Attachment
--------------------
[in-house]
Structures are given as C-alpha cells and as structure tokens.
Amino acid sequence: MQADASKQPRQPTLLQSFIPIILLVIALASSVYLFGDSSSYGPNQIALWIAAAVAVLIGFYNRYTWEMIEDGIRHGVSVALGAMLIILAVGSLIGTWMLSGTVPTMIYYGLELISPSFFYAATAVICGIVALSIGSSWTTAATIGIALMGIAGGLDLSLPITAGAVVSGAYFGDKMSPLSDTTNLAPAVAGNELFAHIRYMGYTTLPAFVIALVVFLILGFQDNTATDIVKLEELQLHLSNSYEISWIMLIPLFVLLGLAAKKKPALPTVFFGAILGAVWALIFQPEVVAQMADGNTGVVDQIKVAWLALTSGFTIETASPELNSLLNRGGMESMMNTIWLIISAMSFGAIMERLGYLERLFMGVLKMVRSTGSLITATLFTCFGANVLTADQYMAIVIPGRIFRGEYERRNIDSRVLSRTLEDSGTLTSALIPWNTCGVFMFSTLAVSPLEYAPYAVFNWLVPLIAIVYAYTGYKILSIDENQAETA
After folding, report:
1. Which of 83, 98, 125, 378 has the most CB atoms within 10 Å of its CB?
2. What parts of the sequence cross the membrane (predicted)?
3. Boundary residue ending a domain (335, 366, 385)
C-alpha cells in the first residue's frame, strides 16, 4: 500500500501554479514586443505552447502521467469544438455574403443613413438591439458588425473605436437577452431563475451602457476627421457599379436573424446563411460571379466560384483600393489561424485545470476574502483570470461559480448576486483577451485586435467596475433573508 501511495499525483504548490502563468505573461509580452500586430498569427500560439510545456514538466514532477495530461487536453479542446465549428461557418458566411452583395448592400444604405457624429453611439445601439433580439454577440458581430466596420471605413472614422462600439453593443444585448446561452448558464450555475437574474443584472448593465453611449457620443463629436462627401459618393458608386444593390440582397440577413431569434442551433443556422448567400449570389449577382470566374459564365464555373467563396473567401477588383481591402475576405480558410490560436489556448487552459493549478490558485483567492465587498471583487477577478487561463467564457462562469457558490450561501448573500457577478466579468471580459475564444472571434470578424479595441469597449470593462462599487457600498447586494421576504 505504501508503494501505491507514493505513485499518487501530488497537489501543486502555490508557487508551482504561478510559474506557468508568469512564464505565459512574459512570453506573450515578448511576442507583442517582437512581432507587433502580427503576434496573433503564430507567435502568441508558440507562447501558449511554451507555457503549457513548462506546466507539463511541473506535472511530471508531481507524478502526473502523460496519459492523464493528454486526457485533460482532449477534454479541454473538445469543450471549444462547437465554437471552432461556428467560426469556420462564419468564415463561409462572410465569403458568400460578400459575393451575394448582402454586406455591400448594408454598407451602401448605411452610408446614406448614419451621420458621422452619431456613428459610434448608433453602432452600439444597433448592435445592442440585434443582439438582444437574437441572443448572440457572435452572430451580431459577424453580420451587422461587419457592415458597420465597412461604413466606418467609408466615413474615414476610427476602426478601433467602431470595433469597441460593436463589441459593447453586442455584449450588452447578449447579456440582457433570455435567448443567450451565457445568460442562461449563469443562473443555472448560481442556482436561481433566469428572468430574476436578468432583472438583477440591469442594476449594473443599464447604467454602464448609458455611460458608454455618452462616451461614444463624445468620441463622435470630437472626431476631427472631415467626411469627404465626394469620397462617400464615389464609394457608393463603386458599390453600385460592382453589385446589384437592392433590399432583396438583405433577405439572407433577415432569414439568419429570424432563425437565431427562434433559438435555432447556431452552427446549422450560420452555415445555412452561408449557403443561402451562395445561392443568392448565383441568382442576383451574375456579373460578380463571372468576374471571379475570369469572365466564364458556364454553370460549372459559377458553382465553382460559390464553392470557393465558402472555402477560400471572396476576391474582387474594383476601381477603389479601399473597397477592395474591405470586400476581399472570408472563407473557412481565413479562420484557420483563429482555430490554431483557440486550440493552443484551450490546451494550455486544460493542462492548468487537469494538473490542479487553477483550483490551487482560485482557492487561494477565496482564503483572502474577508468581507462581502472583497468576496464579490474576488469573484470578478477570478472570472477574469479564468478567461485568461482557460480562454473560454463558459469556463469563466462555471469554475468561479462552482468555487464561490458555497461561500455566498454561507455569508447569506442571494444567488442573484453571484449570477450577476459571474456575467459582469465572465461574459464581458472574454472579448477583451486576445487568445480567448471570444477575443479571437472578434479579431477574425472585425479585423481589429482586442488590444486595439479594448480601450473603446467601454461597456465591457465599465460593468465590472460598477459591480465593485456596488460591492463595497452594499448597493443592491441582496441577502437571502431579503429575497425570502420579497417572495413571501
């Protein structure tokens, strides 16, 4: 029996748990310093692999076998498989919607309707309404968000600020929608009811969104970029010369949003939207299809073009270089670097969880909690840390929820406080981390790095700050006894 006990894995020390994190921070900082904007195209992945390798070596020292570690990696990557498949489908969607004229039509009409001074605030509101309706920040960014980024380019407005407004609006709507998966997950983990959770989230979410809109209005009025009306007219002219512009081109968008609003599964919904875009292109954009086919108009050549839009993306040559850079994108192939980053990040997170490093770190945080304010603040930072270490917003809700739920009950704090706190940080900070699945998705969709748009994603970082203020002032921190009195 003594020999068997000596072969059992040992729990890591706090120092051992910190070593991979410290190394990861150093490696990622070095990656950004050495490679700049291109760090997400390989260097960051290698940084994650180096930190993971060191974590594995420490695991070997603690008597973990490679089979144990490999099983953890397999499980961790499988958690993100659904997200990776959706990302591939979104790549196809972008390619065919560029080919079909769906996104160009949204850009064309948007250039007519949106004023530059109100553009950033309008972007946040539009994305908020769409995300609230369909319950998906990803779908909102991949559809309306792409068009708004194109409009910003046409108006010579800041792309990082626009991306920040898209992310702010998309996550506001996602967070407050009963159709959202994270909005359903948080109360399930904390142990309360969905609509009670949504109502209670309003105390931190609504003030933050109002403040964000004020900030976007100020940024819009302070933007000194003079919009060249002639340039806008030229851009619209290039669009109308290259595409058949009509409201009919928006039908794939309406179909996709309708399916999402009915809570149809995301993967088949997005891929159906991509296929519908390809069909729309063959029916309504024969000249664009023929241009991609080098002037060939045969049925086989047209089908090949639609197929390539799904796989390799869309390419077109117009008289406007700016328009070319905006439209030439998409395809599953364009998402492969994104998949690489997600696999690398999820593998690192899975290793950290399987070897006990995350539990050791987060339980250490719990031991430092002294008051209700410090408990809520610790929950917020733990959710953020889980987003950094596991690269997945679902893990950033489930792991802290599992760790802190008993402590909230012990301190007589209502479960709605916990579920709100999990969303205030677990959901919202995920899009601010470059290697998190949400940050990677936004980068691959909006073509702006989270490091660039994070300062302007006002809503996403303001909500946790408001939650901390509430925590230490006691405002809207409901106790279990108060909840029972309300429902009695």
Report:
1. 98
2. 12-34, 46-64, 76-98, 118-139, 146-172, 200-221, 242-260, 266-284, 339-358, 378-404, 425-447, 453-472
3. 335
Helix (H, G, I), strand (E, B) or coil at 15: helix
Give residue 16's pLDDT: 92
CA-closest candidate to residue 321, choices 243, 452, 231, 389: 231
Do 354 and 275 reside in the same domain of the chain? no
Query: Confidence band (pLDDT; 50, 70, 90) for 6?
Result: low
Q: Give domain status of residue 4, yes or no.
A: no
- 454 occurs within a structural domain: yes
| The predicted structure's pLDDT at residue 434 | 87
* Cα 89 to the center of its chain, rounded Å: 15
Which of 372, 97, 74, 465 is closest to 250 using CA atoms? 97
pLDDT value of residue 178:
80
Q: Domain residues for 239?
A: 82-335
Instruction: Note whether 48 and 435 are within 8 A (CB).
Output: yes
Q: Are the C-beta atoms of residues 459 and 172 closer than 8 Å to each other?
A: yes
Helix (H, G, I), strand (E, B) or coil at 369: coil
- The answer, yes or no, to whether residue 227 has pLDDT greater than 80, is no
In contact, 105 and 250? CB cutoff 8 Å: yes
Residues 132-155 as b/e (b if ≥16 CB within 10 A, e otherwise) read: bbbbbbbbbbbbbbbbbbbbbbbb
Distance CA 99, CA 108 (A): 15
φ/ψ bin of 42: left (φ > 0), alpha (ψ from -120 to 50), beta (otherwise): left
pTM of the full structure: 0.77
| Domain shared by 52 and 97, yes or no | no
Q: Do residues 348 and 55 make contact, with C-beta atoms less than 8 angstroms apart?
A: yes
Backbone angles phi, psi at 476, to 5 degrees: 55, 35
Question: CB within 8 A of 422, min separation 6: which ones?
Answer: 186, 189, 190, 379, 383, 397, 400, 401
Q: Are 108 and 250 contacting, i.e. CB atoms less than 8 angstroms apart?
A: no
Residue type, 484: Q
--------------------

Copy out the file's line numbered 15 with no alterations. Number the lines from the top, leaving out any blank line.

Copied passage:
Give residue 16's pLDDT: 92